Frustration, frustration, frustration - three words to sum up Rovers’ defeat to promotion rivals Plymouth.
Frustration that the two goals conceded came from a mistake and a questionable penalty call.
Frustration that they lacked a ruthless edge in the final third.
And frustration they face three games without their captain after his reaction to a disgraceful example of gamesmanship.
Rovers were far from poor as they slipped to a first league defeat in seven weeks and lost their lauded record of having scored in every league game.
They pressed and probed a Plymouth outfit which looked much more like the one which topped the table for ten weeks than the one which recently slumped.
But, in a close battle, they simply lacked the killer touch to take anything from it.
Their main attacking threat came from wide areas but Plymouth defended stoutly, closing down every ball and leaving no room for error.
Given the tightness of the game, it seemed inevitable either a piece of real quality or a mistake would be needed to break the deadlock. Plymouth got both in one on 33 minutes.
Butler played an all too nonchalant pass to Tommy Rowe, with the superb Graham Carey racing in to intercept.
Rowe slipped as he tried to right his body for the chase and Carey was free to charge to the edge of the box before producing a sublime curling effort.
It halted Rovers’ bright start and they meandered somewhat until conceding again on 62 minutes.
Ryan Donaldson took a heavy touch and raced after the ball, straight into Butler who had no time to get out of the way. Referee Oliver Langford quickly pointed to the spot from where Jake Jervis smashed a penalty in off the underside of the bar.
Rovers roared back to life as Plymouth retreated deeper to protect their lead. But clear-cut chances were few and far between.
They were presented with a potential lifeline in the final minute but failed to claim it.
Matty Blair skipped into the box but was tripped by David Fox.
Liam Mandeville stepped up and, in attempting to place the ball in the bottom corner, struck the outside of the post - Rovers’ fifth penalty miss of the season.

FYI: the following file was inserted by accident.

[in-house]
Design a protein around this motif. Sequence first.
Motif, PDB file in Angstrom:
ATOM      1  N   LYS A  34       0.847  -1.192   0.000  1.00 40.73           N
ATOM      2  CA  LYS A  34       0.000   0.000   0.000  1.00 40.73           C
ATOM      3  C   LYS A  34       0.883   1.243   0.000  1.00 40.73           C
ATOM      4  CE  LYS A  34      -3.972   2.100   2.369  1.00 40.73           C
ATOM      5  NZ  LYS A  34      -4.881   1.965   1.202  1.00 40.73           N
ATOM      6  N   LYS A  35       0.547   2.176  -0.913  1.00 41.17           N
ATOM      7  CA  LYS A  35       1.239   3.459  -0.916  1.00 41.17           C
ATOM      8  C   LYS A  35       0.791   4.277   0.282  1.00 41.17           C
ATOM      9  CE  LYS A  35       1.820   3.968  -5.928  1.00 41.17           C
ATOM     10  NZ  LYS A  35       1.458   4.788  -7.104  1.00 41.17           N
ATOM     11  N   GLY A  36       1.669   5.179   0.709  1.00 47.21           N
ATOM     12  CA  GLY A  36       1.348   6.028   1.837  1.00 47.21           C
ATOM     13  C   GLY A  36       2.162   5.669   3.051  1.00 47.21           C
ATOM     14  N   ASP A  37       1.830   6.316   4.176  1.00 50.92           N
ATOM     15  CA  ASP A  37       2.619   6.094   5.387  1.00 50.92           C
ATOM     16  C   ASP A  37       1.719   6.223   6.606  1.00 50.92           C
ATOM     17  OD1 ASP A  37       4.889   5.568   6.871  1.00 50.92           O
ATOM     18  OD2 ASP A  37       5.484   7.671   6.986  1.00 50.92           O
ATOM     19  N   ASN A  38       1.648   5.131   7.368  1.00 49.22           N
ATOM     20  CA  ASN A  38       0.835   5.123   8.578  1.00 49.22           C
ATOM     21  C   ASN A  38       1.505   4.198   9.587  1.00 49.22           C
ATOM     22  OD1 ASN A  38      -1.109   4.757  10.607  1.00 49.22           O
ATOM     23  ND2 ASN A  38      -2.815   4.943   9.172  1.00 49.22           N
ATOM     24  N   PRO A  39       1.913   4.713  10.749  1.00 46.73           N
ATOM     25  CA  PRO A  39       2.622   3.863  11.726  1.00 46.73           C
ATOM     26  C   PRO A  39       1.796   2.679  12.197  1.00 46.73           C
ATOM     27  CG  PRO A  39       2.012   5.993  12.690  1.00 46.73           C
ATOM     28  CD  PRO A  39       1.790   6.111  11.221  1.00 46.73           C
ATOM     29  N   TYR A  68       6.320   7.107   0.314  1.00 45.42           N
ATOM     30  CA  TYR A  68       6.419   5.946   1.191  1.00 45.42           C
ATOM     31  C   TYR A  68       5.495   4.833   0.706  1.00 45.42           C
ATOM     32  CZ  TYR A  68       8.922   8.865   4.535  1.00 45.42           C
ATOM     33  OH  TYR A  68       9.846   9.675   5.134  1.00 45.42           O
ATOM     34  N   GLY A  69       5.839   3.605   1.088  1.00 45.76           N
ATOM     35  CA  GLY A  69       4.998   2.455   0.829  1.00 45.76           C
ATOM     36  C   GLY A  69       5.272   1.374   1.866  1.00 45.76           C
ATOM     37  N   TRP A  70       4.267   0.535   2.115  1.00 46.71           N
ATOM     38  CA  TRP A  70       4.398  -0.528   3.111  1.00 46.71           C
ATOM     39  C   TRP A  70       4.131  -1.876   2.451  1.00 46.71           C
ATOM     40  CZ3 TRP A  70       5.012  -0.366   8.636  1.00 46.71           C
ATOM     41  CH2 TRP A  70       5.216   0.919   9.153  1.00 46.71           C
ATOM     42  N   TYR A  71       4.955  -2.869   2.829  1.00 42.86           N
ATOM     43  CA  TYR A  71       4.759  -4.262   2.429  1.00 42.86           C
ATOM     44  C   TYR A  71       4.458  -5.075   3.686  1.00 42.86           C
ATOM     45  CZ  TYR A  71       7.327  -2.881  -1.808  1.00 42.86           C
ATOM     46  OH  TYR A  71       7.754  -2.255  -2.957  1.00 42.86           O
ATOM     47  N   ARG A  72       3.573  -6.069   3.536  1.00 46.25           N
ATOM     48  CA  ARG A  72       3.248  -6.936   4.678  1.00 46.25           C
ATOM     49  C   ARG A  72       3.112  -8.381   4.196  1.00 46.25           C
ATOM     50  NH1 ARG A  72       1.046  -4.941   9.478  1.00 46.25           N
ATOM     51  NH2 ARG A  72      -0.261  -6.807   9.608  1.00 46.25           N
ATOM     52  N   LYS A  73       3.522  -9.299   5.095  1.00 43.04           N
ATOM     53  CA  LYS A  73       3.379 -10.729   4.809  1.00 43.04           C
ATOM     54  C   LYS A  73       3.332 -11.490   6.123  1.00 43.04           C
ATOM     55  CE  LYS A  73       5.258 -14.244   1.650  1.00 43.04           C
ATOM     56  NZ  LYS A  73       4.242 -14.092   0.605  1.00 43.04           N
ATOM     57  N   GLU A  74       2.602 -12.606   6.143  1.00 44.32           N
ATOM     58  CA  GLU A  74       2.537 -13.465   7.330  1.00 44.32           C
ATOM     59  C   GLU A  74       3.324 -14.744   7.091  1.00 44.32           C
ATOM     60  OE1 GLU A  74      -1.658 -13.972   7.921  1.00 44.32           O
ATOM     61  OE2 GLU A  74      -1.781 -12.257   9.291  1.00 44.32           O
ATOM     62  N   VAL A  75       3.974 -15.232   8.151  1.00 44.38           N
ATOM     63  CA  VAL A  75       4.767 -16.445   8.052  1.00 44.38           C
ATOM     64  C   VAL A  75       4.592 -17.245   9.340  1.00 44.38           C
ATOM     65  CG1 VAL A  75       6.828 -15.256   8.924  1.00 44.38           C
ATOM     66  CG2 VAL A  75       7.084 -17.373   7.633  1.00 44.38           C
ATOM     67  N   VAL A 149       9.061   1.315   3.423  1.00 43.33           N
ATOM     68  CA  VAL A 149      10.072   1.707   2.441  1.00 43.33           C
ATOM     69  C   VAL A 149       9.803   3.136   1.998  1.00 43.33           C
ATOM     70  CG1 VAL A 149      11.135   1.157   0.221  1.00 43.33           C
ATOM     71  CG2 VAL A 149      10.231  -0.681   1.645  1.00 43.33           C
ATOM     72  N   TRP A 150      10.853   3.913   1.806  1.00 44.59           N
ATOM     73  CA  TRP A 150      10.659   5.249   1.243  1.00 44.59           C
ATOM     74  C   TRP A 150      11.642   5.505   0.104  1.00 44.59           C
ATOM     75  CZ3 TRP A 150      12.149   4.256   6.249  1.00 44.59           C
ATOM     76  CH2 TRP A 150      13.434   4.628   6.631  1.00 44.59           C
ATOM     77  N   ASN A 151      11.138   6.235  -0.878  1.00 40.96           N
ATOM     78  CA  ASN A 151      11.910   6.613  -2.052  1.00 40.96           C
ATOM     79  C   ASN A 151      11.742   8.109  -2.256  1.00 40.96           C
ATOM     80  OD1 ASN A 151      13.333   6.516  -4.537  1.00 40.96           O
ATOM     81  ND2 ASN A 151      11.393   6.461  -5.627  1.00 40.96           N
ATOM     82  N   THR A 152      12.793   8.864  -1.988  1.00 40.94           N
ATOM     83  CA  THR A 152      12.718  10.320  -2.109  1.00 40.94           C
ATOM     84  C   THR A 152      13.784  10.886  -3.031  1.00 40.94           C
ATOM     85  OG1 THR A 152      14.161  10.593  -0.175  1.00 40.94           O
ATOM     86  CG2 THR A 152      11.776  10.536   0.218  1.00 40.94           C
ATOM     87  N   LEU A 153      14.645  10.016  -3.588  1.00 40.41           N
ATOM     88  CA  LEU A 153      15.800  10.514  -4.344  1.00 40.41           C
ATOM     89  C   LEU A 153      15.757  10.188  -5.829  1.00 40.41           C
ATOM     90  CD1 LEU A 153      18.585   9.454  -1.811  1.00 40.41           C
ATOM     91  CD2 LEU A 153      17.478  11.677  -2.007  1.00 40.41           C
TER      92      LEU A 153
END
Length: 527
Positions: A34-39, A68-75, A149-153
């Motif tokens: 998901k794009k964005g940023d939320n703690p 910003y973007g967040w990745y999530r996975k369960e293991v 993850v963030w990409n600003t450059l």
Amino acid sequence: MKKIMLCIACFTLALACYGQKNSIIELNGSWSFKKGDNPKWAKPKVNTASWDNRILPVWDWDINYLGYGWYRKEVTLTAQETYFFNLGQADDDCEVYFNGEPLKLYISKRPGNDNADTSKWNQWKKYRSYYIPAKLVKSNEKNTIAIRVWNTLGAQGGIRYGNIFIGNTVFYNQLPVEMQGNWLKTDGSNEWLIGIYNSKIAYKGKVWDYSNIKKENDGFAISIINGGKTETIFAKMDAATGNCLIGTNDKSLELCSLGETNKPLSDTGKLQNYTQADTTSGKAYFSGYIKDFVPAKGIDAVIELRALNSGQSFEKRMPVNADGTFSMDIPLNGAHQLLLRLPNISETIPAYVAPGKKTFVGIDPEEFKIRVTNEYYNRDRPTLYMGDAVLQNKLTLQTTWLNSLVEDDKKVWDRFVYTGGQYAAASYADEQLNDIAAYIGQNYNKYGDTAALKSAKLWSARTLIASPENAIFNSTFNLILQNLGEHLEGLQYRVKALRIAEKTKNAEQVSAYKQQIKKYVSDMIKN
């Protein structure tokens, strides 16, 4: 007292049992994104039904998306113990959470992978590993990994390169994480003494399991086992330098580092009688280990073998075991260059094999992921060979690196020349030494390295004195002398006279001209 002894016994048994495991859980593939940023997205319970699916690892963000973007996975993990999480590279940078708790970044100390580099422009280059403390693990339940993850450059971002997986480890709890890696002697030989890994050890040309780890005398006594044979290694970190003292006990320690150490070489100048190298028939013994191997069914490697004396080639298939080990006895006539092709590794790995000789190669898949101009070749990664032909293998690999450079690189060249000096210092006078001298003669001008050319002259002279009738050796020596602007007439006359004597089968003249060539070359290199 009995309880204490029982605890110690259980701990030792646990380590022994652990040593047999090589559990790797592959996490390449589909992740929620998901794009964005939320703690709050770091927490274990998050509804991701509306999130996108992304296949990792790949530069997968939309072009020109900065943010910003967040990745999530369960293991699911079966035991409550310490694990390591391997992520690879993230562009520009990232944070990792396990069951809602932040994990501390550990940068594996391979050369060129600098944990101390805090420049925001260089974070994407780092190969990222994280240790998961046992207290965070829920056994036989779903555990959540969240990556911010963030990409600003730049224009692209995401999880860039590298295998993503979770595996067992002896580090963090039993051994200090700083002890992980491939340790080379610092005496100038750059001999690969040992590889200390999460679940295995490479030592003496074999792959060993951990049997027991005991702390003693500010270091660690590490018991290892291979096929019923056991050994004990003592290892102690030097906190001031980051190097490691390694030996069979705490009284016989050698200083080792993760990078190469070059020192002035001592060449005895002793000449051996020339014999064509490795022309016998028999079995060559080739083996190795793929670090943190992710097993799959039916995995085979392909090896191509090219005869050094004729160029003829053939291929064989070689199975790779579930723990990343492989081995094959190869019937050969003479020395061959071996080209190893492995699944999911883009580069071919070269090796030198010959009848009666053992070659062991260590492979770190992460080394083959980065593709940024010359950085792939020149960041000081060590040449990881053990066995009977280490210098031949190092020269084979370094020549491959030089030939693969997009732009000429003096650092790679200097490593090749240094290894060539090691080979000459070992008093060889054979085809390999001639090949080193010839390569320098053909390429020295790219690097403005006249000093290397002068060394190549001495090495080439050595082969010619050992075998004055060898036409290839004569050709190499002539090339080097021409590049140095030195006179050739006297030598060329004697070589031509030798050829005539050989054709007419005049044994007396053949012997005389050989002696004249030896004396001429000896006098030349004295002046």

The aftermath saw the game end on an even more sour note for Rovers.
The scenes following Mandeville’s penalty miss were wholly unnecessary and certainly unsportsmanlike.
McCormick was quick to gloat in the 19-year-old’s face as he sank to his knees - bizarre given he had played no part in the miss and his side’s two-goal cushion remained.
The disappointing conduct of the experienced keeper - and Plymouth captain - understandably angered Rovers players and Coppinger in particular.
Coppinger’s reaction to briefly grab McCormick by the throat gave Langford full justification to send him off.
But perhaps calmer heads should have prevailed all round and a bit of common sense deployed by the official following an incident where tempers were always likely to flare.
A TELLING APPROACH
Where it went wrong for Rovers came down to a lack of incisiveness in the final third. They had more than enough possession and decent build-up play to cause Plymouth more problems than they actually did.
In and around the box, they simply lacked the quality needed to unpick a strong Argyle defence.
The likes of Coppinger, Rowe and Blair all tried desperately and tirelessly to make something happen but Mandeville and John Marquis were shut out.
Telling, though, was Plymouth’s approach, altered from the usual possession-based attacking play.
Argyle were much more reserved, operating much deeper and playing on the counter-attack.
Derek Adams showed a surprising amount of respect to Rovers, given the obvious quality his side possess.
And that says more than enough about the impression Doncaster have made on League Two so far this season.